10/12/2013 Blog

Incarceration and violence against women linked in Iran

Rashida Manjoo, Special Rapporteur on violence against women. (c) UN Photo, Devra Berkowitz
Rashida Manjoo, Special Rapporteur on violence against women. (c) UN Photo, Devra Berkowitz

Recently Professor Rashida Manjoo, the United Nations Special Rapporteur on violence against women, introduced an important report to the UN General Assembly. The report, Pathways to, conditions and consequences of incarcerations of women, illustrates that across the globe there is a strong link between the incarceration of women and violence against women, with violence often taking place prior to, during, and/or after incarceration. This link results in certain sentencing patterns having disproportionately negative effects on women, and in specific forms of violence, including in Iran. The report cited an urgent appeal from July 2008 in the case of a woman sentenced to death by stoning for adultery when the man who murdered her husband served only a prison term:

…the case of an incarcerated woman in the Islamic Republic of Iran clearly illustrates the link between prior violence and crime, and also the disproportionate punishment often meted out to women. The woman was a victim of domestic violence and was forced into prostitution by her husband. One of her clients killed her husband, and the woman was convicted of adultery and of being an accomplice to murder. The male client was sentenced to an eight-year prison term and the woman was sentenced to death by stoning.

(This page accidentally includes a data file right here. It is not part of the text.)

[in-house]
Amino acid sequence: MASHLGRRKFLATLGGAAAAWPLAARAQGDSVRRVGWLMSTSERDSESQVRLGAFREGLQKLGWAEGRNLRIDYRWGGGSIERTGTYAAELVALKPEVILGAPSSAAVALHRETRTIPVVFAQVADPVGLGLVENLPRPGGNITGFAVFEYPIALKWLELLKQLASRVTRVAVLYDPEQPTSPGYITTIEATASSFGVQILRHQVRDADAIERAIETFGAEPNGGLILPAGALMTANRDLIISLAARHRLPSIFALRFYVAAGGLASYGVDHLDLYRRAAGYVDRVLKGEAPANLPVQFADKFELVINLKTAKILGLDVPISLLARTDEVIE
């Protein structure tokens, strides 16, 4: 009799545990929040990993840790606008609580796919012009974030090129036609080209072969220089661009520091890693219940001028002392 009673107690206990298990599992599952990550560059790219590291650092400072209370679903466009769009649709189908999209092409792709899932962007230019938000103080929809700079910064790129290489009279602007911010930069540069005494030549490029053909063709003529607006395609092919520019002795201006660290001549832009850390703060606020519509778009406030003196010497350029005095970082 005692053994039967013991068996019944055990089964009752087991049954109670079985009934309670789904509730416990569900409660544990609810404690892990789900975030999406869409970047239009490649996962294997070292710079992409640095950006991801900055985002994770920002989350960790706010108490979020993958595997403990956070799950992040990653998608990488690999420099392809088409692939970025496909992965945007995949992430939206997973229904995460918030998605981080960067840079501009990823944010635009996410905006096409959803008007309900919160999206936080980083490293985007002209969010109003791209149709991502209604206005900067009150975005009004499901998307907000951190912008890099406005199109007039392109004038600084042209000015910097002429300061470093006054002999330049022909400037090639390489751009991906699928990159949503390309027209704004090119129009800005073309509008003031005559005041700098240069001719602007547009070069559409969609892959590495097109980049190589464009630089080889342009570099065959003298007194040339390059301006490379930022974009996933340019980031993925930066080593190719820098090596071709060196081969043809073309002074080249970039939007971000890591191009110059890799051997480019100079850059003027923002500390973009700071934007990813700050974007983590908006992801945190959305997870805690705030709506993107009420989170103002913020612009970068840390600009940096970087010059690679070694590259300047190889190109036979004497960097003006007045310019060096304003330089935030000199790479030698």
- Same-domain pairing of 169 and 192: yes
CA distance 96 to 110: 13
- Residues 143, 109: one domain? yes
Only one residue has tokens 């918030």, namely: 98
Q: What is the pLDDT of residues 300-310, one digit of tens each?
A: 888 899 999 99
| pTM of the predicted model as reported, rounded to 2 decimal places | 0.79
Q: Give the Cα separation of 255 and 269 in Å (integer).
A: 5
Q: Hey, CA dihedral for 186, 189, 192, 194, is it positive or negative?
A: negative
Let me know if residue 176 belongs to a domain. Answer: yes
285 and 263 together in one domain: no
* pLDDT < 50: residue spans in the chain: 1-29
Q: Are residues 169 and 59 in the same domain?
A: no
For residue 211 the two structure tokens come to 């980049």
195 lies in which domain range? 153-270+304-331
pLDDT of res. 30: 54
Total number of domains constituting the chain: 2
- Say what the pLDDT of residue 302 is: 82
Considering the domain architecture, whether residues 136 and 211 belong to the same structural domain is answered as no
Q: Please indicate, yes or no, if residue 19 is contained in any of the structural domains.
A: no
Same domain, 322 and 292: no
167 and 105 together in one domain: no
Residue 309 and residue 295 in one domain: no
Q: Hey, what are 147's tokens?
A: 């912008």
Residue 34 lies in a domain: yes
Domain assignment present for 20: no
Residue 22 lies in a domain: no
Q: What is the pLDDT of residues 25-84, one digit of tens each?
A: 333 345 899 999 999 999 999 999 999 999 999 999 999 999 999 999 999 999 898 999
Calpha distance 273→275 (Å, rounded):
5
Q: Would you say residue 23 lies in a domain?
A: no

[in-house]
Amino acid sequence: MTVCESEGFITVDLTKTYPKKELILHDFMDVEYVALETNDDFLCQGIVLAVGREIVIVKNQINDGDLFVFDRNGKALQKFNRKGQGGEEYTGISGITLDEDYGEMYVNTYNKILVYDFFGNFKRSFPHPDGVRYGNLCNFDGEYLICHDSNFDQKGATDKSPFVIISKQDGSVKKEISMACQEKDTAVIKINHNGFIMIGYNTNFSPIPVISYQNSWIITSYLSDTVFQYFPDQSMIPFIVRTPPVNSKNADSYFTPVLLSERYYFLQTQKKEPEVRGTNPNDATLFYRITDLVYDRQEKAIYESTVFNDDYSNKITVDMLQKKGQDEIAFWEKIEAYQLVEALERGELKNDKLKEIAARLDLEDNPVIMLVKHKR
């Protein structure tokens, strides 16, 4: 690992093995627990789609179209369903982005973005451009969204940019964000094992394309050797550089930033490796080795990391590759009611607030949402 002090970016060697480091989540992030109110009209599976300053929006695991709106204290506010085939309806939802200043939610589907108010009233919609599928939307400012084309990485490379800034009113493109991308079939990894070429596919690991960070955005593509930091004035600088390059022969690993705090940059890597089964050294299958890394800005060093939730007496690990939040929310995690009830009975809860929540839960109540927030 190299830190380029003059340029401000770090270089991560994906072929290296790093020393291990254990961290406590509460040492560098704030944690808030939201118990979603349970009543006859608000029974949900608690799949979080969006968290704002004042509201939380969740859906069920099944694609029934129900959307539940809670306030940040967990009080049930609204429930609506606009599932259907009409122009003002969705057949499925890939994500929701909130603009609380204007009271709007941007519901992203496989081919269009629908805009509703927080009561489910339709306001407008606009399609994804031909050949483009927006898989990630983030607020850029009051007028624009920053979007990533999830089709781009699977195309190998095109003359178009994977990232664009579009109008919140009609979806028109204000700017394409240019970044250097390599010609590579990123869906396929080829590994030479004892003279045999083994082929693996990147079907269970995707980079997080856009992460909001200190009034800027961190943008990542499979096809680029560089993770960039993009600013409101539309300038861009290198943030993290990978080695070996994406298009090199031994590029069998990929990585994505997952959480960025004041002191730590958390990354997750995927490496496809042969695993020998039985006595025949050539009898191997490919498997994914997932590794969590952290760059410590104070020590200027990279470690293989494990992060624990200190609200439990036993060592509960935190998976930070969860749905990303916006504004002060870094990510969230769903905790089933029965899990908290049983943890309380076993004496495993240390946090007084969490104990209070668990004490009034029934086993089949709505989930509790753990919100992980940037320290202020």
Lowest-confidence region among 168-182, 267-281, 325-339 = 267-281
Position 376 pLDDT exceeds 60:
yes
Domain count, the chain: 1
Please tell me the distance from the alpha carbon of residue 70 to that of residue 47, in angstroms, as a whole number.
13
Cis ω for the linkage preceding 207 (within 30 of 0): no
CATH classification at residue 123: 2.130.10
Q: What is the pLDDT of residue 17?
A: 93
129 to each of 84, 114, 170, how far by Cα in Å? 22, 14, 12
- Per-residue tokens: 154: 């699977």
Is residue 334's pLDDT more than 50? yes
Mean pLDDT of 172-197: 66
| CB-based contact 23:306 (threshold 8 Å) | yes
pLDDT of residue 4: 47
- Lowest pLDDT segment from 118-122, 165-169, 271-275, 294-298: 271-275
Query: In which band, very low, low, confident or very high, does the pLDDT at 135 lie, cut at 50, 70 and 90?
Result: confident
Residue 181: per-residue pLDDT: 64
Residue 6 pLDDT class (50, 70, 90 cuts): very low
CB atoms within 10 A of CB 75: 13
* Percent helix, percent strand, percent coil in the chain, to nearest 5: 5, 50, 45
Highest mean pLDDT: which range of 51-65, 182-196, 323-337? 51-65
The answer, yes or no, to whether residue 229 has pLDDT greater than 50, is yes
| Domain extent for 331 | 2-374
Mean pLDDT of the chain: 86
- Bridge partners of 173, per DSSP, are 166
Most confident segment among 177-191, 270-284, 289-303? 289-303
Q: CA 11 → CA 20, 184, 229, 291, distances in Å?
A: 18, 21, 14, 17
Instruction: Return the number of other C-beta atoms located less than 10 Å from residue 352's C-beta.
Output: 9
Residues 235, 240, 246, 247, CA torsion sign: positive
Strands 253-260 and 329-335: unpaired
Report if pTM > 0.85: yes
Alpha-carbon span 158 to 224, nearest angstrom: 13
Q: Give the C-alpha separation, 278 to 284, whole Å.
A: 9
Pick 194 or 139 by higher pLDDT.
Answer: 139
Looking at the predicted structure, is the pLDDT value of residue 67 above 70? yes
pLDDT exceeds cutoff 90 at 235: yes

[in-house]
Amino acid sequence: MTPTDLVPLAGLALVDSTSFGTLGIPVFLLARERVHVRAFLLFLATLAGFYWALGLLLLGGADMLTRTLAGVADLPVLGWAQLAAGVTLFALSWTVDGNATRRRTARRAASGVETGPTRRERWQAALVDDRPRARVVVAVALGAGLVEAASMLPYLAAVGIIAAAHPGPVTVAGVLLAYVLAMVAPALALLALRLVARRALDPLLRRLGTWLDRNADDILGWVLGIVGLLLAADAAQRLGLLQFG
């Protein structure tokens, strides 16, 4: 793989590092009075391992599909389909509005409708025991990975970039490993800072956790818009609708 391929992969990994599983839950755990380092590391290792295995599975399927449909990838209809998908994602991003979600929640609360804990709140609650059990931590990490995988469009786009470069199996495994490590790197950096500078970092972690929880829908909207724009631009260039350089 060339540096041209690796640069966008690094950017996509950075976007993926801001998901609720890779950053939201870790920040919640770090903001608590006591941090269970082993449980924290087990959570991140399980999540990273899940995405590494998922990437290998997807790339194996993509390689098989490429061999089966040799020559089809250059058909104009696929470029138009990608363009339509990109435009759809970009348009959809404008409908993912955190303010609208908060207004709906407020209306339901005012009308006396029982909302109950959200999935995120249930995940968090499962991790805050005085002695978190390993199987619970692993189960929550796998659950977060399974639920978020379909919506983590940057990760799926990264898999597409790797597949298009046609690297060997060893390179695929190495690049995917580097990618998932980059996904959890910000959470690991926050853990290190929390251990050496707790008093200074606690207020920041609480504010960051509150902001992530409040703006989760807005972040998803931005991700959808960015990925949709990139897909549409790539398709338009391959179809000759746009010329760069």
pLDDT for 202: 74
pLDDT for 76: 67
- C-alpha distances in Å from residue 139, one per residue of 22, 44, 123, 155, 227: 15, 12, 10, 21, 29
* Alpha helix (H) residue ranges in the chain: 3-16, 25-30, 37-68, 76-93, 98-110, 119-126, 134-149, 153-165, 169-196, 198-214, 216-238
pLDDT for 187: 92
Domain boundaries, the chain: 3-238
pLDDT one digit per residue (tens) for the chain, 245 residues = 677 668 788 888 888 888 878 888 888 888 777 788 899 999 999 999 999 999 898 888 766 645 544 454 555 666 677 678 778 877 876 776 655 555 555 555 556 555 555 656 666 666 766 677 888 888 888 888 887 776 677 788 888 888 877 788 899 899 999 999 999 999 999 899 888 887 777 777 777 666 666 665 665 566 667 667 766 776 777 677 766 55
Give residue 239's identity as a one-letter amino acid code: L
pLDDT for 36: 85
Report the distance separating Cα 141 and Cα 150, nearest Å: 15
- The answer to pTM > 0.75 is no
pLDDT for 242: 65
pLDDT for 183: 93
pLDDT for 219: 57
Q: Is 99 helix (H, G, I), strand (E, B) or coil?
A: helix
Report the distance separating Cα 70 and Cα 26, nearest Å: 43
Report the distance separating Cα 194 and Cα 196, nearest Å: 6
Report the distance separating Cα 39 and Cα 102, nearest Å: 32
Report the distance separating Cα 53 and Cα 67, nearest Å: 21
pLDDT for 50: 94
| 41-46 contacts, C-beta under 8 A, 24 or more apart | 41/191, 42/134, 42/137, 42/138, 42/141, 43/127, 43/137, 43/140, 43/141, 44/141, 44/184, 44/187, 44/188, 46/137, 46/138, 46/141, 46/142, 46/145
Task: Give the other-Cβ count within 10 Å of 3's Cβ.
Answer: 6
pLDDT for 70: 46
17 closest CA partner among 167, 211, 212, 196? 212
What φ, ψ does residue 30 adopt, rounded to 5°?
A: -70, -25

I was very interested to see Professor Manjoo’s report also highlight the plight of women in Iranian prisons. She raises concern over the arrest of women activists and the torture and cruel, inhuman, and degrading treatment of incarcerated women in detention. She notes the use of violence, including sexual violence, in women’s detention centers. Her report included the case of a female prisoner in Iran who committed suicide in July 2011 after being violently beaten in detention, including with electric batons.

In addition to urging that states address the structural causes that contribute to women’s incarceration—through social, economic, health, educational and justice policies—Dr. Manjoo implored states to act with due diligence in response to all forms of gender-based violence. She also called upon member states to uphold the Tokyo Rules on the treatment of prisoners and to “develop gender-specific sentencing alternatives” as part of the Bangkok Rules for the treatment of women prisoners.

These recommendations should be heeded by all countries, including Iran.